Oh, and speaking of slaves, Dickinson was the only founding father to free all of his slaves in his own lifetime, beginning the expensive legal process in 1777.


Jefferson also wrote the first draft of the Olive Branch Petition in 1775; a letter directed to King George III stating that the colonies favor reconciliation over revolution but again Dickinson was brought in to make revisions. And while Jefferson was busy scribbling his parchment with what would become the Declaration of Independence, Dickinson was assigned, at the same time, to head the committee that would write the Articles of Confederation, reasoning that the colonies couldn't declare anything as a whole without an outline for how they would unite.


When the declaration was debated and accepted, John Dickinson stood quietly in the back and refused to vote. He could see the inevitable, but stood by his convictions and was the only member of congress to not sign. Many considered him a traitor for his inaction while others admired his courage in sticking with his unpopular beliefs.


When the musical's Hancock remarks that they are about to "brave the storm on a skiff made of paper" he is actually quoting Dickinson's argument against sending his ill-prepared countrymen to fight against what was then the world's greatest army.


Dickinson did serve briefly in the Continental Army and was a member of the Constitutional Convention, putting his writing skills to further patriotic use by authoring a series of letters, under the penname "Fabius," calling for ratification.


Perhaps 1776 would not have grabbed audiences so strongly if the main conflict was between the rebellious John Adams and an eloquent proponent of non-violence who was working hard to help his country through diplomacy. Sometimes people like having good guys and bad guys clearly defined for them. Nevertheless, on the day when we honor American patriots, let's not forget those who strived to win battles with words instead of guns.


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Posted on: Saturday, July 04, 2015 @ 10:39 AM Posted by: Michael Dale

Greene Glimmers


The singer isn't Edith Piaf and the song isn't "La Vie En Rose" but for a few minutes on the City Center stage, there really isn't very much difference as Ellen Greene, playing a woman who endures beatings and verbal abuse from her lover because she doesn't think she deserves any better, sings of her simple dream to marry a nice, kind man and live happily ever after in the comfortable conformity pushed by television commercials as early 1960s American heaven.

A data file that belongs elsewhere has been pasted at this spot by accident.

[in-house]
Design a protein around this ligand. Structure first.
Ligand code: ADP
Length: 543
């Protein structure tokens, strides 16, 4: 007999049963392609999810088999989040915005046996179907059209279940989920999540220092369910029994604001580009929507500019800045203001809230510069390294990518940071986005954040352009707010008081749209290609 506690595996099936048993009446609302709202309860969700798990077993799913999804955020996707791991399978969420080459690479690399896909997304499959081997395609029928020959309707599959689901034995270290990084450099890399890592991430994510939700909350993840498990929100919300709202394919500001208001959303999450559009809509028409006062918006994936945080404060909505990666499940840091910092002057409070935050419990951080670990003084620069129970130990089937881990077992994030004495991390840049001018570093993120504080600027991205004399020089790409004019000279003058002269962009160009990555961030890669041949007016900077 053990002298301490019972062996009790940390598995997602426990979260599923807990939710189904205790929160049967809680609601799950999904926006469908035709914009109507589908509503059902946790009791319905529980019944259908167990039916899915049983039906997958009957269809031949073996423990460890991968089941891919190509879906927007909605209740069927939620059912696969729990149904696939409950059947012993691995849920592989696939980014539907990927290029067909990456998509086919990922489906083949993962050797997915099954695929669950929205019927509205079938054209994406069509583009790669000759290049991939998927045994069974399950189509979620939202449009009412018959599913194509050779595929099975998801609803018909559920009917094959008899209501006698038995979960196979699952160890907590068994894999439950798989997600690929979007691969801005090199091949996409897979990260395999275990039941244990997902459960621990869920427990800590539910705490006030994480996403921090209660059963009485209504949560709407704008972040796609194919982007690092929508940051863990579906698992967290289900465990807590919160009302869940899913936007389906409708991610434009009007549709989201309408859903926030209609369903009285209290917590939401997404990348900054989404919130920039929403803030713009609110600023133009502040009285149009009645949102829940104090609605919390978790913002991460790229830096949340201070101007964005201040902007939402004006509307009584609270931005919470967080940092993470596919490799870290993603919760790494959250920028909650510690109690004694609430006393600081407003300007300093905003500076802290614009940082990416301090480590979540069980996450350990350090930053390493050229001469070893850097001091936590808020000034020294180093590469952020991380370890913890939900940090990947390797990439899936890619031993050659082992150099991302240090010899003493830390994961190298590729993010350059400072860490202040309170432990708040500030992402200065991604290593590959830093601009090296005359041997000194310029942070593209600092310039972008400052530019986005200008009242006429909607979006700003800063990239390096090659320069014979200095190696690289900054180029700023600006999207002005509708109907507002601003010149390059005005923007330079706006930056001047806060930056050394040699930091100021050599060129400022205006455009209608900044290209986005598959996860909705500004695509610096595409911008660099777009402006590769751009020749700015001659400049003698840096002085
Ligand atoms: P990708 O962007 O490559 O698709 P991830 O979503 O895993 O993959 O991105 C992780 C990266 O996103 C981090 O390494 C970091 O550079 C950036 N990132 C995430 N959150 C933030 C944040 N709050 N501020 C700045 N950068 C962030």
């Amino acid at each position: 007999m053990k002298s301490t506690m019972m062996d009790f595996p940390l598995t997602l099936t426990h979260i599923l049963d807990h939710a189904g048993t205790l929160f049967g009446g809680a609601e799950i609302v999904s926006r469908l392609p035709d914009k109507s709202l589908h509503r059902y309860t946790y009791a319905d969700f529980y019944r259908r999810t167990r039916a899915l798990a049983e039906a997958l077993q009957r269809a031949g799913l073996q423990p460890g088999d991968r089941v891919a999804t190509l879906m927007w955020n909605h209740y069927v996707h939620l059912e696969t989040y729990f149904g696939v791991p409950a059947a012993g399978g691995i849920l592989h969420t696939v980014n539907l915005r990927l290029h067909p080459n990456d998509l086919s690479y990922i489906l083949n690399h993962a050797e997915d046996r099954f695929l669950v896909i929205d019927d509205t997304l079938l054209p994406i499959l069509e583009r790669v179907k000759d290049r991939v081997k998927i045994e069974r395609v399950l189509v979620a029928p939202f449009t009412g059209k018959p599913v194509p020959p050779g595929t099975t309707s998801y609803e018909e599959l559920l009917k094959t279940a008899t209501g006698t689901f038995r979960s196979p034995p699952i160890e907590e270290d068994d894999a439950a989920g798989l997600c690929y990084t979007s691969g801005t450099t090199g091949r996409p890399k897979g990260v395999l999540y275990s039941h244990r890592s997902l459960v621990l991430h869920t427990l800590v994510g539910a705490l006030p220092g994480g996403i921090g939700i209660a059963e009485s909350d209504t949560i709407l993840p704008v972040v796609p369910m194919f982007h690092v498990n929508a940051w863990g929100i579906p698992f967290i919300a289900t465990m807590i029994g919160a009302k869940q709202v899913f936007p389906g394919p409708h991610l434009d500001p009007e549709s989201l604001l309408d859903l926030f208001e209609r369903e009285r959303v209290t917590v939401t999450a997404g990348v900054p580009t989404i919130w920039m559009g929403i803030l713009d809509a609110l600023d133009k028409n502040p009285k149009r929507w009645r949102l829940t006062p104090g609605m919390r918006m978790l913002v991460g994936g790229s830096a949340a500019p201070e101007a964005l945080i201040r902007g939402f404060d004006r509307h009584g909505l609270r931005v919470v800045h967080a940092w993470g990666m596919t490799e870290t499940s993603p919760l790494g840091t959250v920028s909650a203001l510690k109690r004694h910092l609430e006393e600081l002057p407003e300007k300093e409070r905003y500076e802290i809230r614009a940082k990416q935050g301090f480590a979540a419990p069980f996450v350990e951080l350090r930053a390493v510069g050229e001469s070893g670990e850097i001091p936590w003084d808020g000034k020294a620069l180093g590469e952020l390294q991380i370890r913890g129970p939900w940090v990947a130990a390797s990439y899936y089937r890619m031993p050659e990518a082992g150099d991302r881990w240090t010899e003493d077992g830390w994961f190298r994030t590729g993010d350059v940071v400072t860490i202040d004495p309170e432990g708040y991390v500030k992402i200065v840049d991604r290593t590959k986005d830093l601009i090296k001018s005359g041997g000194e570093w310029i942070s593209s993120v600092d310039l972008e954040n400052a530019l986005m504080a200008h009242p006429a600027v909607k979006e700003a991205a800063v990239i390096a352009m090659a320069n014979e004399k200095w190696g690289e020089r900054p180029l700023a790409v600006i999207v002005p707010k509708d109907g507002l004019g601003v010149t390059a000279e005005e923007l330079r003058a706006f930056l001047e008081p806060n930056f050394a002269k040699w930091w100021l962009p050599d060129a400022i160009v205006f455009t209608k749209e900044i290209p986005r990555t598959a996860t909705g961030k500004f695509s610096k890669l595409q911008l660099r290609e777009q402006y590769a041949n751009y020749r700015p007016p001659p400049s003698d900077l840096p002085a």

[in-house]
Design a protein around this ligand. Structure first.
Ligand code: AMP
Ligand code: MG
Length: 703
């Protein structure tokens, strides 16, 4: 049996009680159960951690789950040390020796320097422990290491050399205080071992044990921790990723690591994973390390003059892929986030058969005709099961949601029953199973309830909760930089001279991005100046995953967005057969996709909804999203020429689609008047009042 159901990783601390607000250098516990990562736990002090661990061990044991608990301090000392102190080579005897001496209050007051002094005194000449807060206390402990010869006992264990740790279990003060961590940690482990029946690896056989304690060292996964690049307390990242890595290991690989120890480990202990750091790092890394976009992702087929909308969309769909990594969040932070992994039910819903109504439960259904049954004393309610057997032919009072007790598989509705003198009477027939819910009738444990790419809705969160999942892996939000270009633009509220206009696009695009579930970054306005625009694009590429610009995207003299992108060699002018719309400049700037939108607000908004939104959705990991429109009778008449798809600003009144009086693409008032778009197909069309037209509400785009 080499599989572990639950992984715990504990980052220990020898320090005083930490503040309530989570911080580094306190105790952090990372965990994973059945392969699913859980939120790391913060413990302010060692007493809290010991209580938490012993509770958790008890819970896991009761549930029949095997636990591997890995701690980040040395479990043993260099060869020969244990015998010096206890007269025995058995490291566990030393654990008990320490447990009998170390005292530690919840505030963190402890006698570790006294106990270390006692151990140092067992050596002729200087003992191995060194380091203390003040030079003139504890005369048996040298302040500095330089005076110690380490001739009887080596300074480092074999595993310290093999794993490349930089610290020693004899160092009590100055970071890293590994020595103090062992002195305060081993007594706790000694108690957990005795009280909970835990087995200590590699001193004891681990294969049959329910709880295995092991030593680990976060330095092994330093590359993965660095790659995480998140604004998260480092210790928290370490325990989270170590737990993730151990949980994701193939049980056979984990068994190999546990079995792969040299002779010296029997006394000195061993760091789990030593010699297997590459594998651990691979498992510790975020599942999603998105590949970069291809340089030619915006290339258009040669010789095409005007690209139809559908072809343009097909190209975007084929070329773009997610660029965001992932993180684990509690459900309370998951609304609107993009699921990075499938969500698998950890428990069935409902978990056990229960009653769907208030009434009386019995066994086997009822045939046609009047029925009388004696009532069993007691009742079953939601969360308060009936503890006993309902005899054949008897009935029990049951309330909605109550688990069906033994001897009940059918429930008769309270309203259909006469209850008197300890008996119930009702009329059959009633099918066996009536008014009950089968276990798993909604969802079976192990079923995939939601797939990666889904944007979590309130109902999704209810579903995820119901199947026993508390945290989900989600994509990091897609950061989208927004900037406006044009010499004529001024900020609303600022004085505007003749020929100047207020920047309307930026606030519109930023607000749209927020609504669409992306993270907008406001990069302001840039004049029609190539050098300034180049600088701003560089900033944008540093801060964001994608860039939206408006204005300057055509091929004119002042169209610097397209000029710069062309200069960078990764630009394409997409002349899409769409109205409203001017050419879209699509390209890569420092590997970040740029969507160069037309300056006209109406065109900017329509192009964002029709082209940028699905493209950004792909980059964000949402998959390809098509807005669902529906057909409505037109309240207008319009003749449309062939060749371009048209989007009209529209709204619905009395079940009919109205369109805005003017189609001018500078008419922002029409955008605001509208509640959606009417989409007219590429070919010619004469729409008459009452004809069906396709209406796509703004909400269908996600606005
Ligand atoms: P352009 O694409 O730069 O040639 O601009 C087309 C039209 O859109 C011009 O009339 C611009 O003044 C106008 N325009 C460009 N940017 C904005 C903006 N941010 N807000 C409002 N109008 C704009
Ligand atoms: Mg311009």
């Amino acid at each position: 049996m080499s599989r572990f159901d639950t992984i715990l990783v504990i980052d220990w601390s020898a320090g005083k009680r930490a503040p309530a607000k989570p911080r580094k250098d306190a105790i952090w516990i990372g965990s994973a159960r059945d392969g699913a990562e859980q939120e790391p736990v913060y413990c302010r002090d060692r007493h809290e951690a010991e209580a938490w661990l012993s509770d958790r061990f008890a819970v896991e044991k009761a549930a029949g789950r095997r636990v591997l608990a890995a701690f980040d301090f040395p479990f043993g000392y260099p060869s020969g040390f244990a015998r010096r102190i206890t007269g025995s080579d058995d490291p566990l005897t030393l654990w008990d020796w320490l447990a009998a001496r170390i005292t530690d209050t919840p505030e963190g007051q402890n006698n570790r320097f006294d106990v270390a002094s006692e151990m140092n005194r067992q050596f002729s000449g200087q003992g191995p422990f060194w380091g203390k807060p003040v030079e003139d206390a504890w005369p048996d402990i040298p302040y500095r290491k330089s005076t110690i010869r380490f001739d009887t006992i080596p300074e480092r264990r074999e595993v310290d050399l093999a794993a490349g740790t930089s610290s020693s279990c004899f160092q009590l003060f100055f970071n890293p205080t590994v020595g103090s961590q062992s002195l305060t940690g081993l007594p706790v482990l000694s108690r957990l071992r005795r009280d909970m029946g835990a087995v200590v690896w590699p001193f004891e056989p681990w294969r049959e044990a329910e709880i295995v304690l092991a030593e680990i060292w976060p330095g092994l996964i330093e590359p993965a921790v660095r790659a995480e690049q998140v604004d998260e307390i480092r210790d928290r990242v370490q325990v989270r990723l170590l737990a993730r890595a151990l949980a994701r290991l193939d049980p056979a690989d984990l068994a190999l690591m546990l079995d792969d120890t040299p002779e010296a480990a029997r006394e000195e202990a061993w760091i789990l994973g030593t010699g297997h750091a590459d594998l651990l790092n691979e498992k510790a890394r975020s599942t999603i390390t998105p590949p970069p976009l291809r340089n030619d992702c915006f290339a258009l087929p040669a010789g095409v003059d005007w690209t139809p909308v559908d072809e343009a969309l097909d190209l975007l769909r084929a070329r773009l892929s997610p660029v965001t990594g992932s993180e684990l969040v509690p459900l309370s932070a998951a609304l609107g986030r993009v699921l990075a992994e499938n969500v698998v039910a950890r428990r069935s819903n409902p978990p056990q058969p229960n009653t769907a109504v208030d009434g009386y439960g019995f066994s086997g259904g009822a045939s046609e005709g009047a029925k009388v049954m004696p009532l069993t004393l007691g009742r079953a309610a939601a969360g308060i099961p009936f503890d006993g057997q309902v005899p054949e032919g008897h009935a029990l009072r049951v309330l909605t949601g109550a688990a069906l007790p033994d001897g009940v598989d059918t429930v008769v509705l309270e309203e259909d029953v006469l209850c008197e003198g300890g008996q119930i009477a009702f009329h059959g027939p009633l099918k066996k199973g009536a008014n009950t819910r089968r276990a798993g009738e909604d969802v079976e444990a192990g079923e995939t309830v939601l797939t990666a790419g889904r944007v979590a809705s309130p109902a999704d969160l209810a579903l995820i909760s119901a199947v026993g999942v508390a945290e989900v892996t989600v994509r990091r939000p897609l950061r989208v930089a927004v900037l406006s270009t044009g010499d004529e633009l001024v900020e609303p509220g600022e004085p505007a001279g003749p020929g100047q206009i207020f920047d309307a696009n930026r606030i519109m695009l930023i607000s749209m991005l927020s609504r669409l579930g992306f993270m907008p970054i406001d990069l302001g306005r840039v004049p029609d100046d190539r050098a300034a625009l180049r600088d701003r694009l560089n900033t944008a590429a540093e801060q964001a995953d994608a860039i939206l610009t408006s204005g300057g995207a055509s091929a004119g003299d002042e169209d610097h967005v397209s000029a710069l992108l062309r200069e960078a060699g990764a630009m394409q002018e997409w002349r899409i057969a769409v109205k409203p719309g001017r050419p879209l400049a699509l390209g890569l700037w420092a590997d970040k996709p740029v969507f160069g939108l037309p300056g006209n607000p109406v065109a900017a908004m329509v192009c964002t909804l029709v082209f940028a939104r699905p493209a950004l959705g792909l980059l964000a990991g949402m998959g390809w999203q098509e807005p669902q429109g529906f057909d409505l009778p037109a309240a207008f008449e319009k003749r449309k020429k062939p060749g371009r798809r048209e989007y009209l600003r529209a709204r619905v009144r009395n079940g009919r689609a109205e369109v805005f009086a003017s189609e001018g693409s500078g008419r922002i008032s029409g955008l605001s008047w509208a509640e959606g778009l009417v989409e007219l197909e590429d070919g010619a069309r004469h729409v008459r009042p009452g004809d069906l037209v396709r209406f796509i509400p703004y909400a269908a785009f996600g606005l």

Click here for my full review of Little Shop of Horrors.


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Posted on: Friday, July 03, 2015 @ 09:23 AM Posted by: Michael Dale

Three Sisters in Cape Cod


The eldest Stockton sister in Melissa Ross' funny and emotionally engaging Of Good Stock may have a few qualms about what the title suggests about her gene pool as she approaches her 41st birthday with dark humor about having officially outlived her cancer-stricken mother, just as her own treatments have begun.


Click here for my full review of Of Good Stock.


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Posted on: Wednesday, July 01, 2015 @ 05:27 PM Posted by: Michael Dale

The Drama of Community Theatre


"On stage, ginger ale is champagne," observes the lead character of Douglas Carter Beane's funny and sentimental new comedy, Shows For Days. And while his nostalgic look at the backstabbing and bitchery at a 1973 Reading, Pennsylvania amateur theatre company may not exactly be of an exceptional vintage, there's plenty of fizz; especially if you were once there.


Click here for my full review of Shows For Days.


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Posted on: Tuesday, June 30, 2015 @ 01:07 AM Posted by: Michael Dale

Broadway By The Year


Along with the great entertainment featuring top flight theatre and cabaret performers, Scott Sieget's Broadway By The Year concerts always provide lessons in the artistic developments in Broadway musicals.



In the concert covering 1941-1965 we heard how showtunes matured in that span, with more attention to plot and character. The 1966-1990 edition chronicled the influence of both American and British rock on Broadway. The selections for this past week's concert, covering 1991-2015, made clear the growing number of main stem hits that are containing scores made up of songs not originally written for the theatre and older theatre songs showcased into new musicals.